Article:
Medicaid Decision: The Fallout


By Hadley Heath

The lesser-told story about the Supreme Court's ruling on ObamaCare was the Court's finding of the law's Medicaid expansion to be unconstitutional.  The Majority rule, "The constitutional violation is fully remedied by precluding the Secretary from applying §1396c to withdraw existing Medicaid funds for failure to comply with the requirements set out in the expansion."  In English, this means states can refuse the Medicaid expansion and keep their Medicaid programs as they are currently.

Several states have already come forward saying that is exactly what they will do.  

As if on cue, The Atlantic Wire asks "Is Your State Refusing Federal Money for Poor People?"  Ha. If the sitution were truly that simple, then why would states have challenged the Medicaid expansion in the first place?  The "free" money from the federal government is anything but.  A careful analysis shows that after a 3-year transition period, states will take on an enormous financial responsibility for the Medicaid expansion, so it's understandable that cash-strapped states - especially in light of competing priorities like K-12 education - would opt out of the expansion.

The states that have opted out so far are Florida, Texas, Mississippi, South Carolina, Iowa, and Louisiana.  On top of that, the Atlantic reports, there are 27 other states (many led by Democratic governors) who are sitting on the fence.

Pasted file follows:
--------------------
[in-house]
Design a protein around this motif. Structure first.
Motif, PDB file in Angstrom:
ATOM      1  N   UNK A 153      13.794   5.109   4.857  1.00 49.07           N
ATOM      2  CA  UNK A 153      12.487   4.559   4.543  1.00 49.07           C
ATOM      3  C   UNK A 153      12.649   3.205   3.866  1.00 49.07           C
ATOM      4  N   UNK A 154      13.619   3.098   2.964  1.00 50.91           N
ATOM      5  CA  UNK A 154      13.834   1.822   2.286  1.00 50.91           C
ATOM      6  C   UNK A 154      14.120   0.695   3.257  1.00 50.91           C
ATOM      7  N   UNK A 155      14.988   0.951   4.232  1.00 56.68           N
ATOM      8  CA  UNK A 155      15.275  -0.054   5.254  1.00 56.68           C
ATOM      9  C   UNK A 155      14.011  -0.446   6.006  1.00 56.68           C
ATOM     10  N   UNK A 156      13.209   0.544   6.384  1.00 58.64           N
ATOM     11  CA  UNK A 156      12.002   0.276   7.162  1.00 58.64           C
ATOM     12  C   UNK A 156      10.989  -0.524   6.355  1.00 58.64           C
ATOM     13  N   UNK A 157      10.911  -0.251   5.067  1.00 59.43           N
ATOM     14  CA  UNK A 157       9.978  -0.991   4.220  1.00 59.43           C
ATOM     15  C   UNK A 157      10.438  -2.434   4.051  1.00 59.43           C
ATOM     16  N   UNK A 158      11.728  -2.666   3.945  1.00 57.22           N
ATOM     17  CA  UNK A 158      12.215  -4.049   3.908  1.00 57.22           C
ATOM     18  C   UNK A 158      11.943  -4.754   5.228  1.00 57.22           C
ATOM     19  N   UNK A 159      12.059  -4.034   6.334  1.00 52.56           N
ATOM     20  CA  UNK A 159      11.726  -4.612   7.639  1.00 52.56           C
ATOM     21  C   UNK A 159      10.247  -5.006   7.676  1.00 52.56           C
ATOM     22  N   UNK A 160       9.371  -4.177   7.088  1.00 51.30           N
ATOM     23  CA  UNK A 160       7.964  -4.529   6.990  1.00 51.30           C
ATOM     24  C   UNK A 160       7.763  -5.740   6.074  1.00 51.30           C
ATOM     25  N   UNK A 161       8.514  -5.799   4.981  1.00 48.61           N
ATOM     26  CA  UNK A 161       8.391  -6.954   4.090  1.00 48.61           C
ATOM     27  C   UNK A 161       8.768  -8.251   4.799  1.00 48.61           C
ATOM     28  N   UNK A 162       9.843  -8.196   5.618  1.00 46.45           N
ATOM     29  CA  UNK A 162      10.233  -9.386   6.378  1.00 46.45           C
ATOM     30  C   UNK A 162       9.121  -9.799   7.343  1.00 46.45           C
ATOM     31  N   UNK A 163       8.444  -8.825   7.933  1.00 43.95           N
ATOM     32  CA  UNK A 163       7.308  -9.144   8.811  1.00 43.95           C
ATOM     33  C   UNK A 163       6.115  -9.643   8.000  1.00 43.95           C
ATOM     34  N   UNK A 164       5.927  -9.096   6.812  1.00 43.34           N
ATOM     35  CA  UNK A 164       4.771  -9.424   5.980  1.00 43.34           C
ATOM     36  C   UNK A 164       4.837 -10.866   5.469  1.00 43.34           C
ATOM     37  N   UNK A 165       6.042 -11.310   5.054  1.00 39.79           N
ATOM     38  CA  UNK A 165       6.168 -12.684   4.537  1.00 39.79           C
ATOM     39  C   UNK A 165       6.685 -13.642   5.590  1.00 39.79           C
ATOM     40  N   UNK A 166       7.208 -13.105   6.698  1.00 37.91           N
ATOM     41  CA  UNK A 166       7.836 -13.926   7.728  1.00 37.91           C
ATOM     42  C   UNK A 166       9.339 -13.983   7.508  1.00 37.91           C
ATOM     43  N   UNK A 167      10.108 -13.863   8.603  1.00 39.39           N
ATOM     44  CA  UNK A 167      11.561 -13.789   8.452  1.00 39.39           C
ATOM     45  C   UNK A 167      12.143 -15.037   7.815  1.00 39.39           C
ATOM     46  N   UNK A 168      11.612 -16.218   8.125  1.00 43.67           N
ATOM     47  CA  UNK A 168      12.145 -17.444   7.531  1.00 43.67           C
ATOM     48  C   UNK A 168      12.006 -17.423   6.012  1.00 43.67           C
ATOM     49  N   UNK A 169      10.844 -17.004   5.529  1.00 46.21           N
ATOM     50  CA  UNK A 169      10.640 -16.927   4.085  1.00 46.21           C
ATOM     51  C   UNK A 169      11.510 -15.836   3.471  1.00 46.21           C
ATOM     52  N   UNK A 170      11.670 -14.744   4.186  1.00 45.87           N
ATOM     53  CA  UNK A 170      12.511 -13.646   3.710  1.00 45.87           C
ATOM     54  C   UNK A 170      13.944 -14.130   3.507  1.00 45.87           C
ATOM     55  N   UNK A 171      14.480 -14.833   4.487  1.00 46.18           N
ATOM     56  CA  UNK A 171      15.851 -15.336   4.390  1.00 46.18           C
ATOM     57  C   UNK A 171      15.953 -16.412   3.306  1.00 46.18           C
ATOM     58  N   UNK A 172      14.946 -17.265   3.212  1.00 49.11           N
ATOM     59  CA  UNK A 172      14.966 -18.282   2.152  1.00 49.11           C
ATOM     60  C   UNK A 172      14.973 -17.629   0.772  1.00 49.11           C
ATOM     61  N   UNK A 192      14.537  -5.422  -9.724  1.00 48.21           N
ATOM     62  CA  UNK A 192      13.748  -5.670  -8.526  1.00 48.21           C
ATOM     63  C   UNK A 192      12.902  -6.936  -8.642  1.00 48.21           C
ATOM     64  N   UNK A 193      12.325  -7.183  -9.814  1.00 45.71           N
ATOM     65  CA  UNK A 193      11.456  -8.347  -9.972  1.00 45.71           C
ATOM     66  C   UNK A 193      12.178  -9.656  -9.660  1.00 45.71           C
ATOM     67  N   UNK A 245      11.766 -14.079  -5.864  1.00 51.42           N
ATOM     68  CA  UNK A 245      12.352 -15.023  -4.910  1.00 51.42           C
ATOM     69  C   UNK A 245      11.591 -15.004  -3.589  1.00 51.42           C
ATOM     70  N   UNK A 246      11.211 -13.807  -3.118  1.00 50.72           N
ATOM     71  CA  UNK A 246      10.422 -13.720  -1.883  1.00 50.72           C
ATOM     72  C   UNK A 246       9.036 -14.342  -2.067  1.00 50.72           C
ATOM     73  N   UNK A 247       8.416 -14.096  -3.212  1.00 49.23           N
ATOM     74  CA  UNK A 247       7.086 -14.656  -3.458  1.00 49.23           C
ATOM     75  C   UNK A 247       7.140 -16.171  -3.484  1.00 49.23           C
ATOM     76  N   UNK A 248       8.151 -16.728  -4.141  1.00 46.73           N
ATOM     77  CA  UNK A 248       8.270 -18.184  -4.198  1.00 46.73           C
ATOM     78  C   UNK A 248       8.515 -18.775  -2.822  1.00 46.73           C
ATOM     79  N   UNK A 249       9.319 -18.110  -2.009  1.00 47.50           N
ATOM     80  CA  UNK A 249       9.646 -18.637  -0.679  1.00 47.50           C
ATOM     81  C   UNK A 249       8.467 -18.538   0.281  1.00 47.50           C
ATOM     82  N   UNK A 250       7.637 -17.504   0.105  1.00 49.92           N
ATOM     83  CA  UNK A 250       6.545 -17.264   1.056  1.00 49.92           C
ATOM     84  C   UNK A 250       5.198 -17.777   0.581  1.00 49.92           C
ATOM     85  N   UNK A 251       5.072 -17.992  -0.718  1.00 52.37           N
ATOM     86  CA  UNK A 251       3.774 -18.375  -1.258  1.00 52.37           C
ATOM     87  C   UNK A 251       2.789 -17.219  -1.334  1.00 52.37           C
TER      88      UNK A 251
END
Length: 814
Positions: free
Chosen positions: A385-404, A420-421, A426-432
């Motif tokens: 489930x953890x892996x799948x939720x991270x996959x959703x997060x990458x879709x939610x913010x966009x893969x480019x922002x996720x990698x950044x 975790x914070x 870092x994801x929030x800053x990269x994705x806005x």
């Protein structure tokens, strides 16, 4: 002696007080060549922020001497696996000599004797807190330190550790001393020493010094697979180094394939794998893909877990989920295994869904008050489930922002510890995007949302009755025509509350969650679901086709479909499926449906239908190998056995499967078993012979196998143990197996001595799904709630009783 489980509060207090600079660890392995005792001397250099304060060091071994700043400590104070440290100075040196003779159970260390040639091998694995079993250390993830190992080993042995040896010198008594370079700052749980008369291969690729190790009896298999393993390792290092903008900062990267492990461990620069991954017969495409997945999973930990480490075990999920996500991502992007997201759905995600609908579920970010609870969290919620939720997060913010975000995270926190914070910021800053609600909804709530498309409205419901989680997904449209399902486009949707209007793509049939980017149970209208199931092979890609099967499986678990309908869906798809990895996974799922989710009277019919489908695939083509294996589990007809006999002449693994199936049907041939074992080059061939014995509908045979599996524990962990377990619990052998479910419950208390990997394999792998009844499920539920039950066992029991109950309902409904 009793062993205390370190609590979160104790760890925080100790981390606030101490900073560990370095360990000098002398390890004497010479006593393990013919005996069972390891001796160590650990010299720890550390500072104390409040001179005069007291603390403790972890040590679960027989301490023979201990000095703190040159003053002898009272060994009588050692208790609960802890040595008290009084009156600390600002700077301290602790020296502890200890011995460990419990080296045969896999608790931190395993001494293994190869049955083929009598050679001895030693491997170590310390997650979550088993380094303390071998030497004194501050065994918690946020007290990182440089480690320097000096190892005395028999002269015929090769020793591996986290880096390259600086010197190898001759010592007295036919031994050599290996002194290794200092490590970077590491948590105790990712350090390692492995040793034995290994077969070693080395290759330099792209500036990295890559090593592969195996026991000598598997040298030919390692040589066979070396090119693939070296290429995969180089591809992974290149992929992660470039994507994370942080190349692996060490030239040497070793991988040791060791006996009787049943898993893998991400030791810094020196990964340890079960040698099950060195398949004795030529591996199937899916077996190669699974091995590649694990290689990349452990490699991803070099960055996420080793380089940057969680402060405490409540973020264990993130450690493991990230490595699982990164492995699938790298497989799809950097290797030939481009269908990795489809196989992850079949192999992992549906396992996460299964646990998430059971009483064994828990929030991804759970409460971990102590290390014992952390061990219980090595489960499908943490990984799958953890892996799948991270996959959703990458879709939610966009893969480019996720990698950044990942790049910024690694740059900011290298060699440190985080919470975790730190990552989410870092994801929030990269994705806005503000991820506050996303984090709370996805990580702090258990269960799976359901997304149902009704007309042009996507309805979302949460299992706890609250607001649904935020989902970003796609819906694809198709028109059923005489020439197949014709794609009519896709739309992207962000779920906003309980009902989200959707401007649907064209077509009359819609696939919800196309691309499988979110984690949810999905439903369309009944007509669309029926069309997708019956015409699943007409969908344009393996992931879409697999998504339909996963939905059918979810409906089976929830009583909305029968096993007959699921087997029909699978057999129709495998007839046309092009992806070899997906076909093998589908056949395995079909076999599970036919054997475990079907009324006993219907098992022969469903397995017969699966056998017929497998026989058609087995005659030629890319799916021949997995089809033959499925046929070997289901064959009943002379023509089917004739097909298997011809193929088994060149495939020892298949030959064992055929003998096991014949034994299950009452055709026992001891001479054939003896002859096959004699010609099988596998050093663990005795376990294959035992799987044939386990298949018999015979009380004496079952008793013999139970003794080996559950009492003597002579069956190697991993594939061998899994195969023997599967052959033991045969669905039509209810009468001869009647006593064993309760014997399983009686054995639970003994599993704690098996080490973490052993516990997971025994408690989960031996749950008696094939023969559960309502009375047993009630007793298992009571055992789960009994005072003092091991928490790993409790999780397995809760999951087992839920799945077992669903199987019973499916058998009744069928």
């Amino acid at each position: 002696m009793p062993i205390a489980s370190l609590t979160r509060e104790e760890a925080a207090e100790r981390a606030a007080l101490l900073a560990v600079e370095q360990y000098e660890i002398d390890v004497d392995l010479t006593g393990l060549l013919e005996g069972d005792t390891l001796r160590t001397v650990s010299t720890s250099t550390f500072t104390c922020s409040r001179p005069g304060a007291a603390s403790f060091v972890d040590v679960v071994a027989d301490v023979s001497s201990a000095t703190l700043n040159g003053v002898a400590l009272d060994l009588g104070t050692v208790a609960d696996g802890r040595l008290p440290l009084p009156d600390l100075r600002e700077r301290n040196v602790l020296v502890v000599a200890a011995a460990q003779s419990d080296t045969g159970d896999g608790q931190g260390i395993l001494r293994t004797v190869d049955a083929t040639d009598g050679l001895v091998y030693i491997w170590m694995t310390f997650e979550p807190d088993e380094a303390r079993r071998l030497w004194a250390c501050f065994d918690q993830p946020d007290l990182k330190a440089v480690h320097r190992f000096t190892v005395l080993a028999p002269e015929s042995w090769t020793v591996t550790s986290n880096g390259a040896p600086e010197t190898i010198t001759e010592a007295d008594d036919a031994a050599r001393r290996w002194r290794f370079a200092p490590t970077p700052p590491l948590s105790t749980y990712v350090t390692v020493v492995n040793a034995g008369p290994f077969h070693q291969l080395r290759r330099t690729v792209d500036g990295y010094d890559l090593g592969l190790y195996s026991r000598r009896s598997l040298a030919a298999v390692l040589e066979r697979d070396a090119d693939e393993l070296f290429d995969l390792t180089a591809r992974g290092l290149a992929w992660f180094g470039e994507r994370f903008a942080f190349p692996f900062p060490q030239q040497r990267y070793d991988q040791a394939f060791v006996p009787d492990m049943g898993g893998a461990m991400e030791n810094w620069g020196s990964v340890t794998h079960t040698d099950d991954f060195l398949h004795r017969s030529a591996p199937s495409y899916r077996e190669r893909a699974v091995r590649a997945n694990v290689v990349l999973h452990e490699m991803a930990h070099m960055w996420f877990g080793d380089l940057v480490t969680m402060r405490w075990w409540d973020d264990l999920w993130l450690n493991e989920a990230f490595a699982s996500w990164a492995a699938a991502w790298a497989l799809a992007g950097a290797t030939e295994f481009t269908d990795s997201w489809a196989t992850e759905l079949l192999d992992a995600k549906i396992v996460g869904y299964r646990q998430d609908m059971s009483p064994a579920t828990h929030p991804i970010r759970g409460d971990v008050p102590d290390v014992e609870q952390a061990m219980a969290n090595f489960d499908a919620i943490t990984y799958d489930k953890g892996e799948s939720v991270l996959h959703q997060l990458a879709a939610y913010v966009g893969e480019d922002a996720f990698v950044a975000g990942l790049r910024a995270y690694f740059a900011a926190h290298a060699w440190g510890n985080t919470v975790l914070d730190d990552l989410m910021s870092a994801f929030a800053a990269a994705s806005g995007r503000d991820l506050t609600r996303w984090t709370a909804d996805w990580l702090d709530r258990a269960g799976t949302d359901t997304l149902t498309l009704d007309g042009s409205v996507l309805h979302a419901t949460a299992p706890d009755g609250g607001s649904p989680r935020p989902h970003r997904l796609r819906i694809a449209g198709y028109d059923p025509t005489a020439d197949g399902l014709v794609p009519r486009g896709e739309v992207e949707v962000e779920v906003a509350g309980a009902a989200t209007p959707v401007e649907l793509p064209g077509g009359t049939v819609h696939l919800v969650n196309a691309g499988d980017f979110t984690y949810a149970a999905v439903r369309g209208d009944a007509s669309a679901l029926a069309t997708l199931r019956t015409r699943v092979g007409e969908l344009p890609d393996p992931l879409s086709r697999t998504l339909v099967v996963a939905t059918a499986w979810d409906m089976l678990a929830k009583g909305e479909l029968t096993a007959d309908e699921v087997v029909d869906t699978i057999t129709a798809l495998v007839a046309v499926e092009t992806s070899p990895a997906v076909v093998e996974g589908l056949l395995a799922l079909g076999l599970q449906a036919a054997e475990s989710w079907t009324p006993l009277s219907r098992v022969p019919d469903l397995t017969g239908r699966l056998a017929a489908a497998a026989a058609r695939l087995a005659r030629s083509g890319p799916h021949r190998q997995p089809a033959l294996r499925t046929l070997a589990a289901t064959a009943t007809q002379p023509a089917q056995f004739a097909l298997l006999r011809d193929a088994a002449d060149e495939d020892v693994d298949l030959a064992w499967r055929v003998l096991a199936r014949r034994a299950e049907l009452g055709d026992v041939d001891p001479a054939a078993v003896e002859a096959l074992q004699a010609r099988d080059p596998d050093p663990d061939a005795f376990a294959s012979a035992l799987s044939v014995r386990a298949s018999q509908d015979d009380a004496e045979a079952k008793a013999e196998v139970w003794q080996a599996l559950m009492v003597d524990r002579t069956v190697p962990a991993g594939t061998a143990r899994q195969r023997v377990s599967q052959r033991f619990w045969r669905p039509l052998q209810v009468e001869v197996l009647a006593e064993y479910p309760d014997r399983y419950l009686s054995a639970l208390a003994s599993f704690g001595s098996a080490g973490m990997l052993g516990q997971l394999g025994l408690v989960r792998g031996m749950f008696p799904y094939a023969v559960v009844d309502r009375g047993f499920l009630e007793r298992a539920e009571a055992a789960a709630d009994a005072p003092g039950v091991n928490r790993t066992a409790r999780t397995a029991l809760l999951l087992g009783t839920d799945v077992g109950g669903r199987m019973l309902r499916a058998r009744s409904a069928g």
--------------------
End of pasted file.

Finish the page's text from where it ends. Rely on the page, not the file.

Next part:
And good for them.  Typically, the governors who opposed the expansion cite costs as the limiting factor.  But they should also be aware of the poor condition of the existing Medicaid program.  At low reimbursement levels for doctors, these patients often receive poor quality, slow care.  This should be enough to give pause to those who want to simply dump millions of new beneficiaries on to the Medicaid rolls.

There's another solution for Medicaid, a better one: block grants.  This would provide states with the ultimate freedom to address the needs of their low-income populations with no federal strings attached.  Americans understand that block-granting many welfare programs in the mid-1990's was a successful policy move.  Rather than throw more people and more money into the already broken Medicaid system, why not try some real reform? 


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